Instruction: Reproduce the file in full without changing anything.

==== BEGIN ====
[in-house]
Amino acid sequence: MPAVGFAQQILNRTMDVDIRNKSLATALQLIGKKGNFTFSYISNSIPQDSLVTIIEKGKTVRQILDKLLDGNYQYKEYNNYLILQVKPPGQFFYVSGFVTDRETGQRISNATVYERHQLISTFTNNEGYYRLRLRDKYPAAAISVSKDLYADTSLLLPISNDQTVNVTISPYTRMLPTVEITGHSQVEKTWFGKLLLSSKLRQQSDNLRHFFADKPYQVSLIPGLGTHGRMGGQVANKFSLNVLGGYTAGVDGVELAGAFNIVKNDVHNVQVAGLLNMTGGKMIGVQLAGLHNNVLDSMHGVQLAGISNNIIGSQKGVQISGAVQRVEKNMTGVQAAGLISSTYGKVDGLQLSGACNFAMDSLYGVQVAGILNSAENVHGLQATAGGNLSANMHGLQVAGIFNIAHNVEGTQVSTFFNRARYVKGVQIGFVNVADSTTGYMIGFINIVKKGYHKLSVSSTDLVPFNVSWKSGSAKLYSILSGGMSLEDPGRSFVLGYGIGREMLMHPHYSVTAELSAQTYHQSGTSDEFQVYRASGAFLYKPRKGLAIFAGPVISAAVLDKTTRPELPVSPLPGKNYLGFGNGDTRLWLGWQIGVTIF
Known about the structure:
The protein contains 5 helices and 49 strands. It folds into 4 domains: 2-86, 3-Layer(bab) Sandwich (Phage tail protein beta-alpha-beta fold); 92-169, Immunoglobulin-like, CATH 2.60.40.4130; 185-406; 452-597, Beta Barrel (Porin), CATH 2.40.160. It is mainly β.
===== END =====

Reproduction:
[in-house]
Amino acid sequence: MPAVGFAQQILNRTMDVDIRNKSLATALQLIGKKGNFTFSYISNSIPQDSLVTIIEKGKTVRQILDKLLDGNYQYKEYNNYLILQVKPPGQFFYVSGFVTDRETGQRISNATVYERHQLISTFTNNEGYYRLRLRDKYPAAAISVSKDLYADTSLLLPISNDQTVNVTISPYTRMLPTVEITGHSQVEKTWFGKLLLSSKLRQQSDNLRHFFADKPYQVSLIPGLGTHGRMGGQVANKFSLNVLGGYTAGVDGVELAGAFNIVKNDVHNVQVAGLLNMTGGKMIGVQLAGLHNNVLDSMHGVQLAGISNNIIGSQKGVQISGAVQRVEKNMTGVQAAGLISSTYGKVDGLQLSGACNFAMDSLYGVQVAGILNSAENVHGLQATAGGNLSANMHGLQVAGIFNIAHNVEGTQVSTFFNRARYVKGVQIGFVNVADSTTGYMIGFINIVKKGYHKLSVSSTDLVPFNVSWKSGSAKLYSILSGGMSLEDPGRSFVLGYGIGREMLMHPHYSVTAELSAQTYHQSGTSDEFQVYRASGAFLYKPRKGLAIFAGPVISAAVLDKTTRPELPVSPLPGKNYLGFGNGDTRLWLGWQIGVTIF
Known about the structure:
The protein contains 5 helices and 49 strands. It folds into 4 domains: 2-86, 3-Layer(bab) Sandwich (Phage tail protein beta-alpha-beta fold); 92-169, Immunoglobulin-like, CATH 2.60.40.4130; 185-406; 452-597, Beta Barrel (Porin), CATH 2.40.160. It is mainly β.